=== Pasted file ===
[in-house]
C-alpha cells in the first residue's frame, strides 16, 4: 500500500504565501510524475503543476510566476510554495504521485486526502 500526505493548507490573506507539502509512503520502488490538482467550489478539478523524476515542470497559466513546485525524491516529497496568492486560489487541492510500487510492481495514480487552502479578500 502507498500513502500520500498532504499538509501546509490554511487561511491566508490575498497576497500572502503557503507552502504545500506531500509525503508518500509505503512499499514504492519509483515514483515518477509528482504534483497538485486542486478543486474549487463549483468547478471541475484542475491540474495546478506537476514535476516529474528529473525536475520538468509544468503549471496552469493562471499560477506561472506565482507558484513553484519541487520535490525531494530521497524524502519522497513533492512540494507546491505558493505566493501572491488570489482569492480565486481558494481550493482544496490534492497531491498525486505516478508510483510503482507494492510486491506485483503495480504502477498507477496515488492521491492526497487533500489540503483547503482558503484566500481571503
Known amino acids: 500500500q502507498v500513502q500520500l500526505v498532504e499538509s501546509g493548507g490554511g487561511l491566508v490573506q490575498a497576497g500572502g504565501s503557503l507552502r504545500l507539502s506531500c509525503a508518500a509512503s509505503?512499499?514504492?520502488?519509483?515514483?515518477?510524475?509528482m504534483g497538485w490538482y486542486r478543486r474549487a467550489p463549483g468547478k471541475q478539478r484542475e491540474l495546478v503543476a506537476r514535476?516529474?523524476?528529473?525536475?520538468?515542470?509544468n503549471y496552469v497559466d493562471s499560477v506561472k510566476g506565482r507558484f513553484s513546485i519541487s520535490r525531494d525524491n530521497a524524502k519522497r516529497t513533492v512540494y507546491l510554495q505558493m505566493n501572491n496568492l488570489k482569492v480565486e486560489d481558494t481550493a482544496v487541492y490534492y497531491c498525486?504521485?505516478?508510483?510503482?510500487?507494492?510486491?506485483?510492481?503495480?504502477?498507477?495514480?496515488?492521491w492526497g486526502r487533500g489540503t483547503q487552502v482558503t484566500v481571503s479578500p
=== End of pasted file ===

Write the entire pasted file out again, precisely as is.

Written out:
[in-house]
C-alpha cells in the first residue's frame, strides 16, 4: 500500500504565501510524475503543476510566476510554495504521485486526502 500526505493548507490573506507539502509512503520502488490538482467550489478539478523524476515542470497559466513546485525524491516529497496568492486560489487541492510500487510492481495514480487552502479578500 502507498500513502500520500498532504499538509501546509490554511487561511491566508490575498497576497500572502503557503507552502504545500506531500509525503508518500509505503512499499514504492519509483515514483515518477509528482504534483497538485486542486478543486474549487463549483468547478471541475484542475491540474495546478506537476514535476516529474528529473525536475520538468509544468503549471496552469493562471499560477506561472506565482507558484513553484519541487520535490525531494530521497524524502519522497513533492512540494507546491505558493505566493501572491488570489482569492480565486481558494481550493482544496490534492497531491498525486505516478508510483510503482507494492510486491506485483503495480504502477498507477496515488492521491492526497487533500489540503483547503482558503484566500481571503
Known amino acids: 500500500q502507498v500513502q500520500l500526505v498532504e499538509s501546509g493548507g490554511g487561511l491566508v490573506q490575498a497576497g500572502g504565501s503557503l507552502r504545500l507539502s506531500c509525503a508518500a509512503s509505503?512499499?514504492?520502488?519509483?515514483?515518477?510524475?509528482m504534483g497538485w490538482y486542486r478543486r474549487a467550489p463549483g468547478k471541475q478539478r484542475e491540474l495546478v503543476a506537476r514535476?516529474?523524476?528529473?525536475?520538468?515542470?509544468n503549471y496552469v497559466d493562471s499560477v506561472k510566476g506565482r507558484f513553484s513546485i519541487s520535490r525531494d525524491n530521497a524524502k519522497r516529497t513533492v512540494y507546491l510554495q505558493m505566493n501572491n496568492l488570489k482569492v480565486e486560489d481558494t481550493a482544496v487541492y490534492y497531491c498525486?504521485?505516478?508510483?510503482?510500487?507494492?510486491?506485483?510492481?503495480?504502477?498507477?495514480?496515488?492521491w492526497g486526502r487533500g489540503t483547503q487552502v482558503t484566500v481571503s479578500p